# Finding the E-field between two infinite plane charged sheets

• aximwolf
In summary, we have two infinite-plane non-conducting sheets with surface charges of p1 = 13.35 uC/m2 and p2 = -8.65 uC/m2, parallel to each other with a distance of 0.245 m apart. The electric field between the sheets is calculated by summing the two charges over 2*epsilon_not, considering the negative direction of the field due to both sheets. The resulting answer is -1.2e6 N/C. However, the marking software may be sensitive to significant figures, so it is important to provide a more precise answer.
aximwolf

## Homework Statement

Two infinite-plane non-conducting, thin sheets of uniform surface charge p1 = 13.35 uC/m2 and p2 = -8.65 uC/m2) are parallel to each other and d = 0.245 m apart. (As shown in the diagram below.) What is the electric field between the sheets? (Note: the field is positive if it is parallel to the vector x).

## Homework Equations

Sigma/2*epsilon_not

Epsilon not = 8.85e-12 (SI Units)

## The Attempt at a Solution

The distance between the sheets should not matter in calculating the E-field between them because the E-field between them is uniform. We are given two sigmas and since the net charge on the field is toward the negative plane we just sum the two over 2*epsilon_not, and Epsilon not is a constant.

sigma1=13.35e-6 C/m^2
sigma2=-8.65e-6 C/m^2

(sigma1 + sigma2)/(2*epsilon_not) = E-field
(13.35e-6 + 8.65e-6)/(2*epsilon_not) = 1.2e6 N/C
Than since the E-field is perpendicular to the planes, but pointing in the opposite direction of positive X the answer becomes negative.
Answer: -1.2e6 N/C (unfortunately I tried this and did not get the problem right)

What did I get wrong?

In the region between the sheets:
What is the direction of the E field due to the σ1 sheet?

What is the direction of the E field due to the σ2 sheet?​

The E-field on sigma1 is going -x and so is sigma2 right?

Is the marking software fussy about significant figures?

aximwolf said:
The E-field [STRIKE]on[/STRIKE] due to sigma1 is going -x and so is sigma2 right?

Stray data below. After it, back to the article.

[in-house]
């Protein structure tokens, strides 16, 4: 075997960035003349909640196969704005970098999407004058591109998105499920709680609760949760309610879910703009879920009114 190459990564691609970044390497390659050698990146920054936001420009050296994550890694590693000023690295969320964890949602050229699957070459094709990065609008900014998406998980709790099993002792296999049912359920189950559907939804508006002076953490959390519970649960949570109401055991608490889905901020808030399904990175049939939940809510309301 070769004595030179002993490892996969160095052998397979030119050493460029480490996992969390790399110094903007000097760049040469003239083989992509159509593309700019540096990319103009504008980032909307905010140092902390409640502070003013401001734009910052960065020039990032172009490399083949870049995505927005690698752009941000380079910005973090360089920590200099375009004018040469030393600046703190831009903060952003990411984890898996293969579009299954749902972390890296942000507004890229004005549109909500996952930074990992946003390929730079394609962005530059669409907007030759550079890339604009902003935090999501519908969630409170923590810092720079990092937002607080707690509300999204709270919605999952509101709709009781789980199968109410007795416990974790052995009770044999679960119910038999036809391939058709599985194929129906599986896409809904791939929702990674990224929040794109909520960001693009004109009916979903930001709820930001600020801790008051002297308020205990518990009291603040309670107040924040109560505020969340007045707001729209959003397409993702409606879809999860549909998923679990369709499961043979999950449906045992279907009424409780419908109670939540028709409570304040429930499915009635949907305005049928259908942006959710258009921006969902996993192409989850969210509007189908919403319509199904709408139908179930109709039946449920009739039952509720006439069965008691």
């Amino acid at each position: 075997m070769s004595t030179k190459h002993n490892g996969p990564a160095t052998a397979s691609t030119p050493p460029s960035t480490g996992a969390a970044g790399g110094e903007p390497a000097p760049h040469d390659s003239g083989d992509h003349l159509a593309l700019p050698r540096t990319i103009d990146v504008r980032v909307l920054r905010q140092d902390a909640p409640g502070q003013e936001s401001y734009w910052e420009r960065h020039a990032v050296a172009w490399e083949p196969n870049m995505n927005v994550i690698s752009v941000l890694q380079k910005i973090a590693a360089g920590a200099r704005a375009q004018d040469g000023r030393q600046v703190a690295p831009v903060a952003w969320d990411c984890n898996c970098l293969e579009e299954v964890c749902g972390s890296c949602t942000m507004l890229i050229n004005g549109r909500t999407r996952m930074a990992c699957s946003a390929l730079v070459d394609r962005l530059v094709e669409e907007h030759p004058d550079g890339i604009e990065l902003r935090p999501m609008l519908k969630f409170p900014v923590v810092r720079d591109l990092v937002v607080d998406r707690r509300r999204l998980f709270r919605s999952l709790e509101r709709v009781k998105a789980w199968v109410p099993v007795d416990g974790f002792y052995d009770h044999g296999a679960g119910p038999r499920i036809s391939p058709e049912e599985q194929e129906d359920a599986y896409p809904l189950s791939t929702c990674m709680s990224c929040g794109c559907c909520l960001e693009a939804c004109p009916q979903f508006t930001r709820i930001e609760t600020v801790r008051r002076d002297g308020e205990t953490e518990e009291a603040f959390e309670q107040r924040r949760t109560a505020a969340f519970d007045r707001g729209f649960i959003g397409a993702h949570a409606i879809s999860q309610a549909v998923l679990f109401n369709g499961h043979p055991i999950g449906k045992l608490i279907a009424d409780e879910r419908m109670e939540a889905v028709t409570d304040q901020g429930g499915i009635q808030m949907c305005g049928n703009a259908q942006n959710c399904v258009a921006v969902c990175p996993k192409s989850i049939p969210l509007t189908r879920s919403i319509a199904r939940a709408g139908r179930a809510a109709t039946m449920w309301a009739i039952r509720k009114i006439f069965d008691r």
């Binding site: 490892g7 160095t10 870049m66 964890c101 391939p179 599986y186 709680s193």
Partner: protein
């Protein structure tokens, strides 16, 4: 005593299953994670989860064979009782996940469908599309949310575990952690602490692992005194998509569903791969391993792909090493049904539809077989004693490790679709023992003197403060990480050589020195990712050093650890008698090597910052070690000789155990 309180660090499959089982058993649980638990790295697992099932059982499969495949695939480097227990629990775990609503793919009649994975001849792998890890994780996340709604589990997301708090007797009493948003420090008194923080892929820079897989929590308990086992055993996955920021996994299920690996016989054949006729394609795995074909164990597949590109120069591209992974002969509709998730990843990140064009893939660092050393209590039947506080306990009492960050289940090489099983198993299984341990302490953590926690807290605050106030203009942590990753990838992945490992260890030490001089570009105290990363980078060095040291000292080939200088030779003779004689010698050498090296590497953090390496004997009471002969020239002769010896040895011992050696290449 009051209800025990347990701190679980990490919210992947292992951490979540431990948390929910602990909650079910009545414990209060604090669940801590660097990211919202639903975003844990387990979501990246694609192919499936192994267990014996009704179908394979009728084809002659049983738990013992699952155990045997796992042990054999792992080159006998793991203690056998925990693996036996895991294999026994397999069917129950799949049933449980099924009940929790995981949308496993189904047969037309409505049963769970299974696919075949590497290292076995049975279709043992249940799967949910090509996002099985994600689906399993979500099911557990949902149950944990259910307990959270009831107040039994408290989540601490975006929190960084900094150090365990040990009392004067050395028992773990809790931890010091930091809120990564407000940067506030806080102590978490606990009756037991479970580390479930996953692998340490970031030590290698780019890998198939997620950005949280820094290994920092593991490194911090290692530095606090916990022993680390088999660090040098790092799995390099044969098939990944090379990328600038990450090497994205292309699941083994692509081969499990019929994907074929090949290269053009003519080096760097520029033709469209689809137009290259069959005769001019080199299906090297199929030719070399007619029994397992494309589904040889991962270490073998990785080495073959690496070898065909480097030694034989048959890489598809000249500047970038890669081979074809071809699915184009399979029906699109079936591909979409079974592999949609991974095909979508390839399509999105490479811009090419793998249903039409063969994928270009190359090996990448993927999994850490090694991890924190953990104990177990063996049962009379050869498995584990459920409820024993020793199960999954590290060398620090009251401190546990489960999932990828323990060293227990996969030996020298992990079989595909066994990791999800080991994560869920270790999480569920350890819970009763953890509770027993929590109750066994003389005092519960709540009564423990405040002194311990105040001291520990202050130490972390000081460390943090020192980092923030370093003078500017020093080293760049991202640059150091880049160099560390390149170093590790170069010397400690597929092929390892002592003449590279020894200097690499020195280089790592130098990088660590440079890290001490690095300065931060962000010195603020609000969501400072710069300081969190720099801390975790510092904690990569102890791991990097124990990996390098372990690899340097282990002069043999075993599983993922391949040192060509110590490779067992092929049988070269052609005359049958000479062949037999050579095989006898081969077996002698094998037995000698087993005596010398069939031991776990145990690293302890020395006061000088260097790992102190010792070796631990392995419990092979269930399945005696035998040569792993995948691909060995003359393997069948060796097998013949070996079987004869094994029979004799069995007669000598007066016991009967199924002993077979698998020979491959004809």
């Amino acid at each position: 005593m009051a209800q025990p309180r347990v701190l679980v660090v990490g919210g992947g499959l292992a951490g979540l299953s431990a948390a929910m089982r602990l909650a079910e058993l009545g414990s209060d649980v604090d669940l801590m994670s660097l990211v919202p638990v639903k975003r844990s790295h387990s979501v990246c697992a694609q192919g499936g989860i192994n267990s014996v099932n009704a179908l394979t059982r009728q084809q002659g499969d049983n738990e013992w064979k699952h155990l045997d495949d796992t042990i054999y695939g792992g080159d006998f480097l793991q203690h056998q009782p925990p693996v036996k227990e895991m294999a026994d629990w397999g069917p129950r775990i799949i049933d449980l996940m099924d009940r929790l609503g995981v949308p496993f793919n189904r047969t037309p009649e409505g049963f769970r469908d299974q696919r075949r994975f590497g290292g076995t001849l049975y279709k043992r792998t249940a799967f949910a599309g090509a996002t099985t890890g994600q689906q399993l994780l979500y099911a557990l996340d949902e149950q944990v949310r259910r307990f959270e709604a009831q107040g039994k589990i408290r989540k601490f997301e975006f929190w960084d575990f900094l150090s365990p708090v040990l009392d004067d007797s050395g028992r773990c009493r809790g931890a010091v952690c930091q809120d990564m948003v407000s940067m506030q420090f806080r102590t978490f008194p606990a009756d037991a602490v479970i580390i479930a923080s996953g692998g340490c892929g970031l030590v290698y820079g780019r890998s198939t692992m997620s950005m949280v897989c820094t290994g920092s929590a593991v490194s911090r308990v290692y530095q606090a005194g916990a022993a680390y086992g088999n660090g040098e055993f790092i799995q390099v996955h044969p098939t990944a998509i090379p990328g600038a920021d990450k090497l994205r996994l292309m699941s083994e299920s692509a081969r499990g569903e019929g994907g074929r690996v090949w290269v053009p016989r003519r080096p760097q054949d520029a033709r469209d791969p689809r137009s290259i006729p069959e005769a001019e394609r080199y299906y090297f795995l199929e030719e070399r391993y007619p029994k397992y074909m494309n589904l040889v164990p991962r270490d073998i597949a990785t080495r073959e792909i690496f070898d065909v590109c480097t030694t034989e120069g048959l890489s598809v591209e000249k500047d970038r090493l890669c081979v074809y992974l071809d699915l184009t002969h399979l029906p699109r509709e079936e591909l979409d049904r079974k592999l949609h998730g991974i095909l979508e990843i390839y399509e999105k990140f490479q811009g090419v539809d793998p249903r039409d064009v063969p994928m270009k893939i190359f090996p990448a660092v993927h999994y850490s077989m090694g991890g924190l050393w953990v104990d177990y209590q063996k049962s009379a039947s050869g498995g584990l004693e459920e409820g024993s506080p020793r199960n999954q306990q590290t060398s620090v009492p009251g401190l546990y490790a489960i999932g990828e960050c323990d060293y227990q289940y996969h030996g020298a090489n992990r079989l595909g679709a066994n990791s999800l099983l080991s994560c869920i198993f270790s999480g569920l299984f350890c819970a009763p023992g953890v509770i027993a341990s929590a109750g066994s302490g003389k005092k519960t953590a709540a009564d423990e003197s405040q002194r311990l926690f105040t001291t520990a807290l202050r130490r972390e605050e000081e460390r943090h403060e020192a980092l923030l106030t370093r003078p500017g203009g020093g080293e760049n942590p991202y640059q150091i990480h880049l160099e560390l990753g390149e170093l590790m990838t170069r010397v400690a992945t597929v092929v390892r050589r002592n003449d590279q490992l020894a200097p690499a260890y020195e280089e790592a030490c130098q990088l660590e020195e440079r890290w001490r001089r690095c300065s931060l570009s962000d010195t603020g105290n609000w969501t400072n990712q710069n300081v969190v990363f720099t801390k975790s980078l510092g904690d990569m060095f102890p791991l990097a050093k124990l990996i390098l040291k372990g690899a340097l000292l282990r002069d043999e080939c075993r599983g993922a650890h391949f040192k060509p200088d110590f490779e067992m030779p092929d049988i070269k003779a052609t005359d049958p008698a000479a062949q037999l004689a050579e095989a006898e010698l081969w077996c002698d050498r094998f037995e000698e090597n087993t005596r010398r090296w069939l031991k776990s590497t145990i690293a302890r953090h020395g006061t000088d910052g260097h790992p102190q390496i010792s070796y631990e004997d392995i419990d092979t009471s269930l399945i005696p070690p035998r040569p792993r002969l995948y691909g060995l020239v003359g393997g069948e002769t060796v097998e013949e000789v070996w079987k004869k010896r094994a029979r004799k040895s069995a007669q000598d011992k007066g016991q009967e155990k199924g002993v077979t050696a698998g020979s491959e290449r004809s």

Right, so you should have a negative plus a negative.

Right but that doesn't change the answer numerically am I forgetting a step?

aximwolf said:
Right but that doesn't change the answer numerically am I forgetting a step?
Why did you express your answer to only 2 sig figs? (To repeat what gneill already pointed out.)

More sig figs worked thank you everyone!

aximwolf said:
Right but that doesn't change the answer numerically am I forgetting a step?
You have:
E-field due to sigma1=13.35e-6 C/m2
E-field due to sigma2=-8.65e-6 C/m2

But, if they're both pointing left (as vectors), then they should both be negative !

E1 + E2 = -13.35×10-6 + -8.65×10-6 = ____ ?

yes that's the way I ended up doing it -13.35e-6+-8.65e-6

That's stange, I don't see that result anywhere in this thread.

## 1. What is the definition of an E-field between two infinite plane charged sheets?

The E-field, or electric field, is a vector field that describes the strength and direction of the electric force experienced by a charged particle at any point in space. In the case of two infinite plane charged sheets, the E-field is the force per unit charge experienced by a test charge placed between the two sheets.

## 2. How is the E-field between two infinite plane charged sheets calculated?

The E-field between two infinite plane charged sheets can be calculated using the formula E = σ/2ε0, where σ is the surface charge density of the sheets and ε0 is the permittivity of free space. This formula assumes that the sheets are parallel and infinitely large, and the distance between them is much smaller than the length of the sheets.

## 3. What factors affect the magnitude and direction of the E-field between two infinite plane charged sheets?

The magnitude and direction of the E-field between two infinite plane charged sheets are affected by the surface charge density of the sheets, the distance between them, and the permittivity of free space. Additionally, the orientation and location of the test charge placed between the sheets can also affect the E-field.

## 4. How does the E-field between two infinite plane charged sheets change as the distance between them increases?

As the distance between two infinite plane charged sheets increases, the magnitude of the E-field decreases. This is because the electric force experienced by a test charge decreases as the distance between the sheets increases, according to the inverse square law. However, the direction of the E-field remains the same, pointing from the positively charged sheet to the negatively charged sheet.

## 5. Can the E-field between two infinite plane charged sheets ever be zero?

Yes, the E-field between two infinite plane charged sheets can be zero if the two sheets have equal and opposite surface charge densities. This will result in the electric forces on a test charge being equal and opposite, canceling each other out and resulting in a net electric force of zero. However, this is a rare scenario as it requires precise balancing of the surface charge densities.

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